Air Quality in Recreation Centres

January 19, 2022 15:05 | Shane Ray (Administrator)

Town of Altona Recreation maintenance employee David Sawatzky prepared a report on air quality as a result of recent purchase of a portable air quality monitoring device by the Town of Altona Recreation Services.

See below for this report.

If you have feedback or comments on what your facility is doing to mitigate the issue of airborne transfer or if you have purchased or upgraded air purification devices please send your feedback to Shane at sray@recreationmb.ca and Eric at recreation.manager@altona.ca

Recreation MB would like to thank and acknowledge David Sawatzky for his efforts in preparing the report and Eric Hildebrand for sharing this information and allowing us to share and distribute it.

REPORT

Over the last few weeks we’ve been compiling some data in regards to the CO2 levels in our building.  It's been difficult since the activity level in our building has been a bit low since the start of the New Year but we’ve still managed to assess a few key areas.

We’ve spoken with a few different MB HVAC experts and have been told that 800 ppm is the level of CO2 we’re trying to stay below regarding the spread of Covid-19.  That said, a short term spike to 1000 ppm, or even 1200 ppm is acceptable assuming a return to normal levels afterwards.  Sustained CO2 levels above 1200 ppm indicate a need for better ventilation and levels above 1500 ppm for any sustained period (more than 10 minutes) would indicate a very high chance of Covid spread.

While CO2 levels give a good indication of where air quality needs to be improved each specific area is affected by 2 main factors:  how often the space is being used and how many people are using it at that specific time.  A few areas of our building have shown to be very well ventilated so far.  The Lobby area is not only large, but has enough residual airflow that CO2 levels never pushed past the 800 ppm level while monitoring.  The connected rec. offices (main and rec. programmer) also fared well with levels again staying within accepted levels, even when occupied for the entire work day.  The Rhineland Pioneer Centre areas, when being used for Pickleball and ballet, have also shown to be ventilated well enough for those particular activities.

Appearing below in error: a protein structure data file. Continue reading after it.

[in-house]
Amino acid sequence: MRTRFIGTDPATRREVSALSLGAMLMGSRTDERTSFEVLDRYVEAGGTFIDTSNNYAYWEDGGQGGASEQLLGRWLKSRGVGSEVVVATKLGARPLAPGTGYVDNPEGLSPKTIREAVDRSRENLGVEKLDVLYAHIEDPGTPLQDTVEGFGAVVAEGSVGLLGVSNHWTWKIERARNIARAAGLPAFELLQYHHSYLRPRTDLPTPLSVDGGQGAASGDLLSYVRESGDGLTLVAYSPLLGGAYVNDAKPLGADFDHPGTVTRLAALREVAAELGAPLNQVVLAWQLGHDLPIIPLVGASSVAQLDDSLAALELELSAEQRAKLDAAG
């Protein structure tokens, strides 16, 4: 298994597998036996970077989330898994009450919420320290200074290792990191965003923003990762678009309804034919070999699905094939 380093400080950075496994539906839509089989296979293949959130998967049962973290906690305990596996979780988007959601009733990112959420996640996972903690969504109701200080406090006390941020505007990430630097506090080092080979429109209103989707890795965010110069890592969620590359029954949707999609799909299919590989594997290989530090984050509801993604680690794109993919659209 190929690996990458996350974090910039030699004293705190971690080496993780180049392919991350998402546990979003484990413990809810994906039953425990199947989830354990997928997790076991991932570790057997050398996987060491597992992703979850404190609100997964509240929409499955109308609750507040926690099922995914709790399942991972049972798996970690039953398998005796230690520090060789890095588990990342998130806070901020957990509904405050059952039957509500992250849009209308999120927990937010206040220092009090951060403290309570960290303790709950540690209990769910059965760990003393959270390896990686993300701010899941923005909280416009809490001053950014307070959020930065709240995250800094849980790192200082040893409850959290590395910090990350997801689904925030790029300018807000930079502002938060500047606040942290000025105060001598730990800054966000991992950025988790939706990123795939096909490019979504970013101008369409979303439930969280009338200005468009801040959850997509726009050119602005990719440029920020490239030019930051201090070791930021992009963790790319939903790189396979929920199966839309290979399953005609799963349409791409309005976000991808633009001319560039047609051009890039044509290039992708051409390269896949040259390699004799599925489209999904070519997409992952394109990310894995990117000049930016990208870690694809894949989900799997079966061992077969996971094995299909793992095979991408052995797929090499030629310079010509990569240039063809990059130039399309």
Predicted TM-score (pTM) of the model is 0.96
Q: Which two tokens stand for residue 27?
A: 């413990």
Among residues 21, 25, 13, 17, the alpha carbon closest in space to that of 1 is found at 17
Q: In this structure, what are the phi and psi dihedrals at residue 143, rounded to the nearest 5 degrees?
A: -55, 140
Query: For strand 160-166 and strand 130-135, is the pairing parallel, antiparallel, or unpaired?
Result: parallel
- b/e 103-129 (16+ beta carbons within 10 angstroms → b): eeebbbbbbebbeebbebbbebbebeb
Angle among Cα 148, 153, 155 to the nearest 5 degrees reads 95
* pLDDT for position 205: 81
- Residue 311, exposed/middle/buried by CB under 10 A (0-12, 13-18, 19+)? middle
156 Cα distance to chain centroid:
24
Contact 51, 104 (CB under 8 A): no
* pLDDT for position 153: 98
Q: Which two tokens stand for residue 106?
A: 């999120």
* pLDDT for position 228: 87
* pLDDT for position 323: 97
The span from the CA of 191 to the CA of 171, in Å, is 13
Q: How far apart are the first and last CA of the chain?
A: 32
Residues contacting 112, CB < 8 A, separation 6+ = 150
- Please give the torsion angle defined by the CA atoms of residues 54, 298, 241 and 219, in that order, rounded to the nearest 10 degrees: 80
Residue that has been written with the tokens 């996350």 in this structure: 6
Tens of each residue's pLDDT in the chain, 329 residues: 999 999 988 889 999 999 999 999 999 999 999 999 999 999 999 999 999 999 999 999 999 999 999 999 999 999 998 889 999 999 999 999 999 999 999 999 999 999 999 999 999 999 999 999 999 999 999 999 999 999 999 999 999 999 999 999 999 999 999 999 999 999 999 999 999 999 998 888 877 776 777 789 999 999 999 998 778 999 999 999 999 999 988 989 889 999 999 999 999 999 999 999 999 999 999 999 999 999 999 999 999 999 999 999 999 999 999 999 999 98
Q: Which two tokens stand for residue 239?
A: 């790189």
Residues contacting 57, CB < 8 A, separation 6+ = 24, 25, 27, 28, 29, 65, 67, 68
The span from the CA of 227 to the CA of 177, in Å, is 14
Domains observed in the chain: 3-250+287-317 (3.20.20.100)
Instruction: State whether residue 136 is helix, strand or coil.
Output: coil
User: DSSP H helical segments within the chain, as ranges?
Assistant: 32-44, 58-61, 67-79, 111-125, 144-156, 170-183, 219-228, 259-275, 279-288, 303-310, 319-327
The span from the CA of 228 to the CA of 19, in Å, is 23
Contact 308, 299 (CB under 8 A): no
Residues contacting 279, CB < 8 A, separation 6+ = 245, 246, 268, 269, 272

The one area of our building that is concerning is the dressing rooms.  We've changed our air intake to fresh air only (instead of recycled air) which has improved overall air quality. Unfortunately they're also areas that are unsupervised with prolonged occupancy.

The chart below is from a typical Tuesday evening, Altona Minor Hockey “skills night”.  The monitor was in DR #2 (Dressing Room #2) which housed half of the U7 group at 4:30pm and half of the U13 group which started practice at 7:00pm.  As you can see CO2 levels were normal (500ppm avg.) prior to any kids arriving and hitting 1000ppm by the time they take the ice.  Over the next hour it drops, but only back to 750ppm and when they return, spiking up to 1150ppm.  After their practice the room sits empty until the U13 team arrives.  But in this empty space the CO2 levels only decrease to about 850ppm.  As the U13's get ready for practice the sustained levels are reading 1337ppm.  

While this was a typical evening of practices with smaller groups, a better indication of what full dressing rooms look like is the next example below.  January 16th saw a U18 game with the visiting team occupying DR#2 and the air quality monitor.  They arrived early, over an hour before game time and CO2 levels spiked quickly, rising from the normal 500ppm and reaching 2708ppm by the time the game started,  At these levels Covid-19 spread would almost be unavoidable.  After the first 2 periods levels had dropped to around 1400ppm  but again, quickly rose during intermission to close to 2000ppm.  After the game they again rose to 2000ppm.


There aren't many actions we can take to make our dressing room air quality better.  They're interior rooms, unable to access outside air except through the ventilation system.  The only real options are reducing occupancy numbers and reducing the amount of time spent inside the and or installing Air Purification units.   Back in 2020, before the seasons shut down, we had larger gaps between rentals to accommodate fresh air intake, spacing teams across multiple dressing rooms to reduce the number of occupants.  We also had rules regarding entry and exit times for teams, only allowing them to enter the facility 30 minutes prior to a practice/game and exiting immediately after.  We had messaged our main users (Altona Minor Hockey) to follow the same protocols this season.

If anyone is curious as to the type of monitor we purchased, the link is available here. https://www.es-canada.com/air-monitoring/46-monitoring-co2-temperature-relative-humidity-and-atmospheric-pressure-aranet4-home.html

As with any Covid related purchase, the receipt is being saved in the hopes that at some point there may be some type of relief program in place for municipalities that have incurred expenses due to Covid.

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